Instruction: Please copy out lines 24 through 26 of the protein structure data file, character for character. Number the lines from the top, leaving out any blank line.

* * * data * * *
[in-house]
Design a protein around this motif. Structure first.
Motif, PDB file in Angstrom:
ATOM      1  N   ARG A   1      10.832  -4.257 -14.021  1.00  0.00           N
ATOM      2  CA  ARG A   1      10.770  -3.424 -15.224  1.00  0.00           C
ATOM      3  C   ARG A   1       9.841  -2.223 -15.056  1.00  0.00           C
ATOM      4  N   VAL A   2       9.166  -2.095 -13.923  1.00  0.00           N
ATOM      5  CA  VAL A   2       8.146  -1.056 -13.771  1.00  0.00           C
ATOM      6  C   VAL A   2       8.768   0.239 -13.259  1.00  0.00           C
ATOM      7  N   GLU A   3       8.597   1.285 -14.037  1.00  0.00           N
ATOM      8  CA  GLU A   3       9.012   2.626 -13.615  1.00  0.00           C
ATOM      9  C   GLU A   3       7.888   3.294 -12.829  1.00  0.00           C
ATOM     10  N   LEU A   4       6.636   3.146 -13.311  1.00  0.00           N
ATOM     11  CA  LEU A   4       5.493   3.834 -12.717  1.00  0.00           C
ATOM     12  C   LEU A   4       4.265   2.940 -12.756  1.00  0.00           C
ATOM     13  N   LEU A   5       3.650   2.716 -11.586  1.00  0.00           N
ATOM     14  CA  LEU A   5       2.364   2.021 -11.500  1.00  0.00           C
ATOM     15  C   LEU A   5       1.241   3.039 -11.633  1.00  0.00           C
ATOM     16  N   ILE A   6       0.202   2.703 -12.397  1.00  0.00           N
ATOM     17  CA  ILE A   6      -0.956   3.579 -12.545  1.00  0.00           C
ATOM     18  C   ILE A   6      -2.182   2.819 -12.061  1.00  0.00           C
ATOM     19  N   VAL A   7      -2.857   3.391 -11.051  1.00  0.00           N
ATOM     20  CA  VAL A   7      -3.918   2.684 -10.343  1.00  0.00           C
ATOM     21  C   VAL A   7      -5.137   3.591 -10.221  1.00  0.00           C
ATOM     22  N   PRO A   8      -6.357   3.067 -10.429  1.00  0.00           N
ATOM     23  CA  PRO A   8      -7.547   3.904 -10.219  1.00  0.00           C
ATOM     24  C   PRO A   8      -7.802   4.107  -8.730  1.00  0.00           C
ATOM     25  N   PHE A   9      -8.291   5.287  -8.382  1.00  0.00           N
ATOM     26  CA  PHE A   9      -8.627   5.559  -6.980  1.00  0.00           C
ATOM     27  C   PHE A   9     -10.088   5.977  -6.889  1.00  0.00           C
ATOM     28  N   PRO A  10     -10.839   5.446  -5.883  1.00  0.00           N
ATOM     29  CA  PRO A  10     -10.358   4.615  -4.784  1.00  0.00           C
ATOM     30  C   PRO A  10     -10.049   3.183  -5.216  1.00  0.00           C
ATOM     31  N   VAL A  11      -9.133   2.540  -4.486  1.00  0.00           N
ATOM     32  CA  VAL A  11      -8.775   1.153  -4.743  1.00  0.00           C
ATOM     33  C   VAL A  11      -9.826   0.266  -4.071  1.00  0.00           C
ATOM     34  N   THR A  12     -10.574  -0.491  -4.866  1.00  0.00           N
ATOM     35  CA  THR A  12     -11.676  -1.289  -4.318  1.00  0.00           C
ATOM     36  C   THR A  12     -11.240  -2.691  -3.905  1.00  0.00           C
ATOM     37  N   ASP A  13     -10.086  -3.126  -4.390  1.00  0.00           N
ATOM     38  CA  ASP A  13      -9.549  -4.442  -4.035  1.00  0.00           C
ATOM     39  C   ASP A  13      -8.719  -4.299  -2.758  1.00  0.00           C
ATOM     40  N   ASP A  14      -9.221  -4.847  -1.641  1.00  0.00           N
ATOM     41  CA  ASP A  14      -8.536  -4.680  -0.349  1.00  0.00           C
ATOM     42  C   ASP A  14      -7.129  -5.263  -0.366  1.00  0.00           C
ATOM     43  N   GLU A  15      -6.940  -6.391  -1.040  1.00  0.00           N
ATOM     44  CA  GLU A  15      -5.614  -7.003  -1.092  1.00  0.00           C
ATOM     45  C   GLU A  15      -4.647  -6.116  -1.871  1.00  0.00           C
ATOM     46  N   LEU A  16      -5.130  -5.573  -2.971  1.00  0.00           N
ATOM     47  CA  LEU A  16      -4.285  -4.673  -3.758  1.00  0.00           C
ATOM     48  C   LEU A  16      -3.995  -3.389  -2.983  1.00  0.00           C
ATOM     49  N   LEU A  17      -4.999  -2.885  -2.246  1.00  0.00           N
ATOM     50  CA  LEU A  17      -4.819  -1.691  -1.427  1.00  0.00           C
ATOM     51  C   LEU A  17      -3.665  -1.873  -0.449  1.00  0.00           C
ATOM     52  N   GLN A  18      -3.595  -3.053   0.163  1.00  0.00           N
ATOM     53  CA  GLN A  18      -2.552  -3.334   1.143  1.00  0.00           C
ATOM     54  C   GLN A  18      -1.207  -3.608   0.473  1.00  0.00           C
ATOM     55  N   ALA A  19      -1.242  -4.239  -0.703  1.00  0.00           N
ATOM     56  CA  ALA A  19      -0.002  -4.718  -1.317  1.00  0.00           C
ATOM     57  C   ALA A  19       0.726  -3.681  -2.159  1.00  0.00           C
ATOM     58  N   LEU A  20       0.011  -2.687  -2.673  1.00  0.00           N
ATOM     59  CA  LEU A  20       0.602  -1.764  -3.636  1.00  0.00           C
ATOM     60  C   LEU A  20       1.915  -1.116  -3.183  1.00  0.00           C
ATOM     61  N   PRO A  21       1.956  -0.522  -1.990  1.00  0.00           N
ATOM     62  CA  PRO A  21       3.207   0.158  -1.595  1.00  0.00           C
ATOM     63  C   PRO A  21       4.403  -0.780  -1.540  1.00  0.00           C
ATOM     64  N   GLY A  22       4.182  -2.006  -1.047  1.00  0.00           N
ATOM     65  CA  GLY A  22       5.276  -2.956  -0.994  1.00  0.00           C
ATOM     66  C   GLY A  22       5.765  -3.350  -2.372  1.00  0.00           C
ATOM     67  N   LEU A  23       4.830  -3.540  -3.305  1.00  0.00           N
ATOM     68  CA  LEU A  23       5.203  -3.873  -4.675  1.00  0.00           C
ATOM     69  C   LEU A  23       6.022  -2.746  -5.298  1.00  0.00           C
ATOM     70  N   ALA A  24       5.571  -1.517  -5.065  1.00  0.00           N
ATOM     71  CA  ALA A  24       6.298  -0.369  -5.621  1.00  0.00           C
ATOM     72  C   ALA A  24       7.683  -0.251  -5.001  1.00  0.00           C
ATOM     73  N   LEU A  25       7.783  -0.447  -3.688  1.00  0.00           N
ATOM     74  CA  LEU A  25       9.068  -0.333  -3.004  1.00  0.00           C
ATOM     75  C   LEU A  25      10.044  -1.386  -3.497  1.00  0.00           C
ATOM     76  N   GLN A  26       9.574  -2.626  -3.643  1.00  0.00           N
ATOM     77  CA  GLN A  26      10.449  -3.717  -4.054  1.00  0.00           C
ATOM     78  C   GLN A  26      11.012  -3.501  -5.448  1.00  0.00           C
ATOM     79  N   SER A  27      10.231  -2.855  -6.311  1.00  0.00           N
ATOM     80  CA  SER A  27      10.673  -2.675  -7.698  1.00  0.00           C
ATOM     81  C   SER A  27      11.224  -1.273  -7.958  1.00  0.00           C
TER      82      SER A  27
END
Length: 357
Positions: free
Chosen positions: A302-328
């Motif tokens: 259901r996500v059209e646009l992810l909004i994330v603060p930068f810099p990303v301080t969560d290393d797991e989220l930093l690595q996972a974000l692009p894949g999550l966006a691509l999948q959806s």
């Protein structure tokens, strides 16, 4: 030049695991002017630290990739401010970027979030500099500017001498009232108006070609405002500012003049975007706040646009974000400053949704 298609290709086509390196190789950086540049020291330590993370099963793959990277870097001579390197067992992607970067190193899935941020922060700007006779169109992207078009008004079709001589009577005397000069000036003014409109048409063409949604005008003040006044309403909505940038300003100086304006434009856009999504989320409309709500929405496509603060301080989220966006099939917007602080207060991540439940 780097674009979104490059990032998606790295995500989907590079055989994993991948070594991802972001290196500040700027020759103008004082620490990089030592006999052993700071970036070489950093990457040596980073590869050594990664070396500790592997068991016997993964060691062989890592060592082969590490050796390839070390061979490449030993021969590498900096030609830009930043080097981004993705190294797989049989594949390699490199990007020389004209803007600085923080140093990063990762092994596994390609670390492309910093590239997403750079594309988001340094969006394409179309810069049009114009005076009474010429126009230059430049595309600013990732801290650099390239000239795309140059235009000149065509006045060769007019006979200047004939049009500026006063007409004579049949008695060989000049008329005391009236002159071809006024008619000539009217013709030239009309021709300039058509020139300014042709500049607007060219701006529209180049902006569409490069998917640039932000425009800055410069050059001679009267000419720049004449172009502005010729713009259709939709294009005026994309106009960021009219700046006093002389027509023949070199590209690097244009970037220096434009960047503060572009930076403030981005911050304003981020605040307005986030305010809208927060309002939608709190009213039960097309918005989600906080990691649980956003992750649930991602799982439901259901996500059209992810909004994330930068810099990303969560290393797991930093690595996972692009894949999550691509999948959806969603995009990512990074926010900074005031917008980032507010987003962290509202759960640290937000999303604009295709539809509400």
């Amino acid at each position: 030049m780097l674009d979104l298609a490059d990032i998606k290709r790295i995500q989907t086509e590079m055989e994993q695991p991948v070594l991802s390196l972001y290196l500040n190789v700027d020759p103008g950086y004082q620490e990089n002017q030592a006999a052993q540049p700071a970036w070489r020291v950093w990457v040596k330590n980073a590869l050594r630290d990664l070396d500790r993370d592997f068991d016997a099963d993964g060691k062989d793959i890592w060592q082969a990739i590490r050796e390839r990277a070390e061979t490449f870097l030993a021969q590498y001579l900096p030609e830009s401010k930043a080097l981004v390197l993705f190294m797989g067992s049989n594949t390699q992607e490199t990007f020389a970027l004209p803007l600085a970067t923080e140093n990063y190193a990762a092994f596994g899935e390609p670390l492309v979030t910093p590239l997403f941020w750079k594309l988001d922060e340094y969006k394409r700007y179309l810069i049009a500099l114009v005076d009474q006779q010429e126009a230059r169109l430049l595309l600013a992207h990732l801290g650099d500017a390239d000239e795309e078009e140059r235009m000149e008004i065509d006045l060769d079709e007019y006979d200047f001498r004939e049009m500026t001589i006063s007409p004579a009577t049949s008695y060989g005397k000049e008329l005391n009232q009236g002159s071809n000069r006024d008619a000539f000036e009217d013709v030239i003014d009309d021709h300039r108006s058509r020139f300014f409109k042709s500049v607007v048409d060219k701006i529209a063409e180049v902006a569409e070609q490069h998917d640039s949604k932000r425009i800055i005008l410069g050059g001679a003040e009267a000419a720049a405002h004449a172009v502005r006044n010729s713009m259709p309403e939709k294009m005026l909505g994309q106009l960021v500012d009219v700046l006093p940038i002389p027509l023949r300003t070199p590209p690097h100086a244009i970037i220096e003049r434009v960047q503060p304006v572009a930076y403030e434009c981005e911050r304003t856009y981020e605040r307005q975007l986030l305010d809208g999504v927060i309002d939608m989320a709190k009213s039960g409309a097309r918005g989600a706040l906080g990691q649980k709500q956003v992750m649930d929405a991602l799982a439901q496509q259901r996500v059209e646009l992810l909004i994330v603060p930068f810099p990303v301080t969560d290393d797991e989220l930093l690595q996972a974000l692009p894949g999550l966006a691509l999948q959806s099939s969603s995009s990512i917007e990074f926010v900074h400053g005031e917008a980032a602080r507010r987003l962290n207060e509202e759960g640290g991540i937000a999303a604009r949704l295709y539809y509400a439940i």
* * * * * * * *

ATOM     21  C   VAL A   7      -5.137   3.591 -10.221  1.00  0.00           C
ATOM     22  N   PRO A   8      -6.357   3.067 -10.429  1.00  0.00           N
ATOM     23  CA  PRO A   8      -7.547   3.904 -10.219  1.00  0.00           C